Changing…Evolving…Acclimating

If you can’t acclimate, you disintegrate.” – Katie Kacvinsky


I learned the art of acclimation working for a state government agency for many years. I often called our agency the Department of Change because we never sat still. Policy and procedures were constantly evolving and employees were expected to acclimate. We had no other choice.

Monday, May 10th, was a day of change, a day I became fully vaccinated and celebrated with a walk-and-talk with one of my pastors as he will be leaving soon to take a lead pastor position in another state. This may sound like a boring/mild celebration, but it was a first step toward acclimating to a different social world than the one I’ve lived in since March of 2020.

Natasha and I were uber careful over the last year and two months with mask wearing, social distancing, staying out of stores, utilizing curbside pick-up and online ordering. In our separate lives, we will continue to be careful, but with a little more freedom to be with other vaccinated beings and out in the world.

I bought an annual sticker to Wisconsin state parks over the weekend and will do the same with the state bike trails. I’ve made a few “dates” with other vaccinated friends that I haven’t hugged in a year or more. I’m returning to my massage therapist (double-masked and first thing in the morning because although I’m super needy, I will continue to practice safety). I’ll be volunteering in the garden at Loaves & Fishes (they feed the hungry) during the summer – planting, pulling weeds, watering and harvesting.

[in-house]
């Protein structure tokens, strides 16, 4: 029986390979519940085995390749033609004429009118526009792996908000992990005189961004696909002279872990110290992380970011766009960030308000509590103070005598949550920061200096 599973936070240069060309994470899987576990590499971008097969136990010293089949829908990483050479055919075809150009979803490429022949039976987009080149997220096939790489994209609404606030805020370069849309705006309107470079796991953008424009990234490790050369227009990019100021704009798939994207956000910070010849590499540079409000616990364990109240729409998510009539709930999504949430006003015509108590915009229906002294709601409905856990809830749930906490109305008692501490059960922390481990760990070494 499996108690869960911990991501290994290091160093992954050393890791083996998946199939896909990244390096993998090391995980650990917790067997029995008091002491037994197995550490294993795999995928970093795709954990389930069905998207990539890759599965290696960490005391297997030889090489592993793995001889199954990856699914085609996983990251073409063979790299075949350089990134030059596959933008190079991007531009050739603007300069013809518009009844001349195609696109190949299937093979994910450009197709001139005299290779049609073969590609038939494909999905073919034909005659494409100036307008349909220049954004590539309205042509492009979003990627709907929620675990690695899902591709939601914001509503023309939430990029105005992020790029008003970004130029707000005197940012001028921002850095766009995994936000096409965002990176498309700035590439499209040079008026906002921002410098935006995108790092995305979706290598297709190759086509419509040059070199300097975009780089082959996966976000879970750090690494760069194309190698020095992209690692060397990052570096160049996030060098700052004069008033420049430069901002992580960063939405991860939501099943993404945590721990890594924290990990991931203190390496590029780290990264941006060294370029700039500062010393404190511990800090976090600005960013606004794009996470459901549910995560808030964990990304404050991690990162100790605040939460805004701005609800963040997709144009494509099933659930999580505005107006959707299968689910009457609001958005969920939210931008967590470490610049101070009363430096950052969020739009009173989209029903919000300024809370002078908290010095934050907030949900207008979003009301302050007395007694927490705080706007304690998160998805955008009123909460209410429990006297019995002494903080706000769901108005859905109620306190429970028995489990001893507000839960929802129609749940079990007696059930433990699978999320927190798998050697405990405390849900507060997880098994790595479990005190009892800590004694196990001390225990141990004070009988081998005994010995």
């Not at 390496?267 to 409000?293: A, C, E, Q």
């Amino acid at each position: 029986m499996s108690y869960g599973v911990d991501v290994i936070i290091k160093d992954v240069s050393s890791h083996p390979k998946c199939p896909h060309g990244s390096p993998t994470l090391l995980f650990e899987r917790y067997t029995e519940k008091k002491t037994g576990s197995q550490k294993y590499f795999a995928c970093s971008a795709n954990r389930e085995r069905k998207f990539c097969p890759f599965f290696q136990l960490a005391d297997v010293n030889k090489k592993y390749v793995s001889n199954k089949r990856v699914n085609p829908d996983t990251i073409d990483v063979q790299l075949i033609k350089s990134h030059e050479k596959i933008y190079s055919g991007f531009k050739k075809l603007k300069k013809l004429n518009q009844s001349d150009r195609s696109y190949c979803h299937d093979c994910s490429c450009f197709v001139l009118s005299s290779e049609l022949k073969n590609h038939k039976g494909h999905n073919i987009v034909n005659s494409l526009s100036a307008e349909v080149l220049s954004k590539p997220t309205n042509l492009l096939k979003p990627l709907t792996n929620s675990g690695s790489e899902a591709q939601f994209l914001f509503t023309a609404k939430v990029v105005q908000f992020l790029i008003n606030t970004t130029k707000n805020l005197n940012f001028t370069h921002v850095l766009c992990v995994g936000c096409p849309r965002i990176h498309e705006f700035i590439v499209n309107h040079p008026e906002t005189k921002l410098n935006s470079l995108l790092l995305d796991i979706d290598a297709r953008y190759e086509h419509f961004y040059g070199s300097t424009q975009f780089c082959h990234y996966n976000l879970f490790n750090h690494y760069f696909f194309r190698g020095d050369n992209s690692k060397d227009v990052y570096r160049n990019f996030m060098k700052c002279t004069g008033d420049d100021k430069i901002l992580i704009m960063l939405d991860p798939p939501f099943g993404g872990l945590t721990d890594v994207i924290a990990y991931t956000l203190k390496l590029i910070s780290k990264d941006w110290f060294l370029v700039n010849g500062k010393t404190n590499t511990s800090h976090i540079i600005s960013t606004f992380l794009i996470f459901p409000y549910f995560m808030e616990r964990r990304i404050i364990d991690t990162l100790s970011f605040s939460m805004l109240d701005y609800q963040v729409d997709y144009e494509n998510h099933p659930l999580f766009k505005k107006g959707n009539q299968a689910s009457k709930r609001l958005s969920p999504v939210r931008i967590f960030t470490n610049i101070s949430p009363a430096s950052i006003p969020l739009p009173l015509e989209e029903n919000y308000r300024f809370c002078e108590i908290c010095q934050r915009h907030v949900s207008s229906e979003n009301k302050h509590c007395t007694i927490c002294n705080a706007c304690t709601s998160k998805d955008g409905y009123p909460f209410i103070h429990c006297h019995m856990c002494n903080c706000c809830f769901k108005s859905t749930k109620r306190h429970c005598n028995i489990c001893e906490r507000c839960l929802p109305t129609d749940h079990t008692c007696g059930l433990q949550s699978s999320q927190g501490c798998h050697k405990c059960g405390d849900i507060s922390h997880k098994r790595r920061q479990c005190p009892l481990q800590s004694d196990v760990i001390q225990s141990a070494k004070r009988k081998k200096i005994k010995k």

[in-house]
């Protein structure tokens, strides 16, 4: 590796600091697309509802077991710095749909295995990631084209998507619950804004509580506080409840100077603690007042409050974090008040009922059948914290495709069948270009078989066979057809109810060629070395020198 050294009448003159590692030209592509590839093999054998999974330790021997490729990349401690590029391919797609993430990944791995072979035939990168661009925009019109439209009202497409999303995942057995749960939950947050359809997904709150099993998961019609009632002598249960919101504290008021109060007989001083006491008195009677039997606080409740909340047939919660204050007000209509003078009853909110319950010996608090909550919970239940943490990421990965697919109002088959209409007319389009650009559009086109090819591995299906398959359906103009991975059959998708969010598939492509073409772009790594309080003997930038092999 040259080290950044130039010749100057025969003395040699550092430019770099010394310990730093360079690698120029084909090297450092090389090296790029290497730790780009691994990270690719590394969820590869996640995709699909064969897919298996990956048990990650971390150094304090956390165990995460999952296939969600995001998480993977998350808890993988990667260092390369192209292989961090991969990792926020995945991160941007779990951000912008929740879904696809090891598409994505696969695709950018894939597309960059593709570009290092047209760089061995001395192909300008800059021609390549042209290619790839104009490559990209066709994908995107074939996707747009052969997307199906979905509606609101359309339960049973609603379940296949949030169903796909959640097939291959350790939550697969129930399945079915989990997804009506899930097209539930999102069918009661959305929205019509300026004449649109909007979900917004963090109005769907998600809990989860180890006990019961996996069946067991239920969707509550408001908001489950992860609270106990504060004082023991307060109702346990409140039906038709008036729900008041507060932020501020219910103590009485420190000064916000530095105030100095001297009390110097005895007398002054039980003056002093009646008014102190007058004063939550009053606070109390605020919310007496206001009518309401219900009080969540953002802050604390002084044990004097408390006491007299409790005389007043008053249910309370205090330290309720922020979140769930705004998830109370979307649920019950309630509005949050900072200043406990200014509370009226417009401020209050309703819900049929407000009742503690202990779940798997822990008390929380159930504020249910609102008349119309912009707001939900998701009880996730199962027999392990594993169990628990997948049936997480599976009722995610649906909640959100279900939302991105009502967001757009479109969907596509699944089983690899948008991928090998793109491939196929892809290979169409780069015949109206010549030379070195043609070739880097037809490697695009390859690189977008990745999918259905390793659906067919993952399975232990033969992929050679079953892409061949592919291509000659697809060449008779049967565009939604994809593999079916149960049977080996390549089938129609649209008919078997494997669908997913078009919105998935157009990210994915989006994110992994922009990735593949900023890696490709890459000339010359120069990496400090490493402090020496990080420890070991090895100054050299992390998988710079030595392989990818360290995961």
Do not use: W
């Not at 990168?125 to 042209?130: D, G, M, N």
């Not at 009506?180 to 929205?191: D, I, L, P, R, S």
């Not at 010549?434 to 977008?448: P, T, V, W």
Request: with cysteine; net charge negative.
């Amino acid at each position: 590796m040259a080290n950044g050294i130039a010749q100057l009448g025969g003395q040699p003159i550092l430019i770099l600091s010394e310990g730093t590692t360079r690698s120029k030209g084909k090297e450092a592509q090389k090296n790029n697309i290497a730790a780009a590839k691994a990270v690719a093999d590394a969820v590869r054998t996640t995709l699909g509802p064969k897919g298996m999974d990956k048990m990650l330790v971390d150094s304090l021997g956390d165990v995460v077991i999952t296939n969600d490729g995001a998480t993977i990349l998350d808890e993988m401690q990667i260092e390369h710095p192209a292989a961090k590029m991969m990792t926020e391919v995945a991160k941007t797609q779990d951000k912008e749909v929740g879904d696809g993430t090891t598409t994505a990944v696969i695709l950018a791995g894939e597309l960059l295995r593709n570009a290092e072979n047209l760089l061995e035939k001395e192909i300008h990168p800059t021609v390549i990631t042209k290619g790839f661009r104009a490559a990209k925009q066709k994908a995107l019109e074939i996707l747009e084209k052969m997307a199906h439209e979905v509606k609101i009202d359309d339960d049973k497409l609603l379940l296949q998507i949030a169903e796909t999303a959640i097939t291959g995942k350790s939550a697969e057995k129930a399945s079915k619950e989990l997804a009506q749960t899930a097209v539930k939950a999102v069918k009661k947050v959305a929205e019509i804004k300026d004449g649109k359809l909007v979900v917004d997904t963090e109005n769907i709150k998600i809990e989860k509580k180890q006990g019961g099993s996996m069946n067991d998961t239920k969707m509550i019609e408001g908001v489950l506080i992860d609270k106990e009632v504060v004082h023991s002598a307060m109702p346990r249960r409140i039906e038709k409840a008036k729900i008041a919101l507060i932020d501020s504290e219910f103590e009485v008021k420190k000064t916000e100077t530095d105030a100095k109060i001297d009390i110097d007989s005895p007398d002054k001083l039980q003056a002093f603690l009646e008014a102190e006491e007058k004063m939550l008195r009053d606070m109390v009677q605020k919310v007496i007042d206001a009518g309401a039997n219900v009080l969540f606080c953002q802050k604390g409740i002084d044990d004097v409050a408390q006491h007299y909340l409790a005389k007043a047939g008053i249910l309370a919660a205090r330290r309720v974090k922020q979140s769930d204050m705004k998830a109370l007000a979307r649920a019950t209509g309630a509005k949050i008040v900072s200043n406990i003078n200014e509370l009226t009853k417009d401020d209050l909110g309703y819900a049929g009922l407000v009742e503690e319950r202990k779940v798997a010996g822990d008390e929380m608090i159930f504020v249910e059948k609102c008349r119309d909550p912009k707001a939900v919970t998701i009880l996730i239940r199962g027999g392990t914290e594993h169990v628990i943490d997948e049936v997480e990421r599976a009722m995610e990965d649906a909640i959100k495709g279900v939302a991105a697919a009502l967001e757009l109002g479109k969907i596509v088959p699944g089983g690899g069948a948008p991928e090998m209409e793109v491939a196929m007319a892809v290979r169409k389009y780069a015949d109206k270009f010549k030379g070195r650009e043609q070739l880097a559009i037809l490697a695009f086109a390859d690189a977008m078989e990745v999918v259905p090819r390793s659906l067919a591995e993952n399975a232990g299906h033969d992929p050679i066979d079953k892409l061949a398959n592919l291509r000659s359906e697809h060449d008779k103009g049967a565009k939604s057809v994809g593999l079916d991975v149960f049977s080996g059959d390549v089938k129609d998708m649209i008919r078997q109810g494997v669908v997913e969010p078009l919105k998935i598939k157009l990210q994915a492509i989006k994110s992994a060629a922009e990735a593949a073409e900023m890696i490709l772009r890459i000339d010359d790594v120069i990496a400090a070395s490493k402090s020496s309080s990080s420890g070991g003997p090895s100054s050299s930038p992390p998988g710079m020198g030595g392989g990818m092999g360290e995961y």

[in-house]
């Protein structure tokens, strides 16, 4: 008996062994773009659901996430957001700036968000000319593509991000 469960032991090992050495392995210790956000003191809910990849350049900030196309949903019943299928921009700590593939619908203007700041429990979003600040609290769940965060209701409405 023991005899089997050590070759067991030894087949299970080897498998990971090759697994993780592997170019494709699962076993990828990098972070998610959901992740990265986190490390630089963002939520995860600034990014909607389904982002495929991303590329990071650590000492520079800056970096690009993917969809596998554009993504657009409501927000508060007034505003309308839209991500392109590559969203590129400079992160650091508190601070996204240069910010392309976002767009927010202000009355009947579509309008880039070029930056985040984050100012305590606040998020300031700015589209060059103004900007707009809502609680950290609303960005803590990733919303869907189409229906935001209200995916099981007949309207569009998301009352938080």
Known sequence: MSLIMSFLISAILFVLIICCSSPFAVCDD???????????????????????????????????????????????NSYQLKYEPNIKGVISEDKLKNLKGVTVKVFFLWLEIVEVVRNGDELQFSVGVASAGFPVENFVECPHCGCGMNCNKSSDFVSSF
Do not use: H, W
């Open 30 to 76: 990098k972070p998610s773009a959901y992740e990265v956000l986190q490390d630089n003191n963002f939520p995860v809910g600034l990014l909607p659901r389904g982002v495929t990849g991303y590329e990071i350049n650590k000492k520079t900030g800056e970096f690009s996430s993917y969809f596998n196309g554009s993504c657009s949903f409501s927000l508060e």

In your action, you lose sight of the vision, you lose sight of your trust in the process, and you just bang around in a sense of futility. Hold the vision and trust that the universe will acclimate to your vision. Hold the vision and trust the process.” – Esther Hicks


I’m done banging around in the apartment, feeling separated from people and the vision I had with retirement in pre-pandemic days. I am in need of community, of being around other people, of acclimating to an outside universe that I’ve sorely missed.

I’m going to continue careful practices, to wear a mask and socially distance. Wash my hands and disinfect. Stay away from malls and theaters and the gigantic grocery and big box stores where hundreds of people shop. I will trust the process of an evolving social life as long as I don’t go crazy or become stupid and complacent. There’s still a pandemic out there with people who have not been vaccinated and a country that has not reached herd immunity.

For the summer and autumn months, though, I can evolve and acclimate into a different personal existence and enjoy the changes as they come. The hugs as they come.

And keep from disintegrating into the carpet of a smaller world at home.


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This post has been brought to you by acclimation and Linda Hill’s One-Liner Wednesday. If you are wondering what One-Liner Wednesday is all about, CLICK HERE.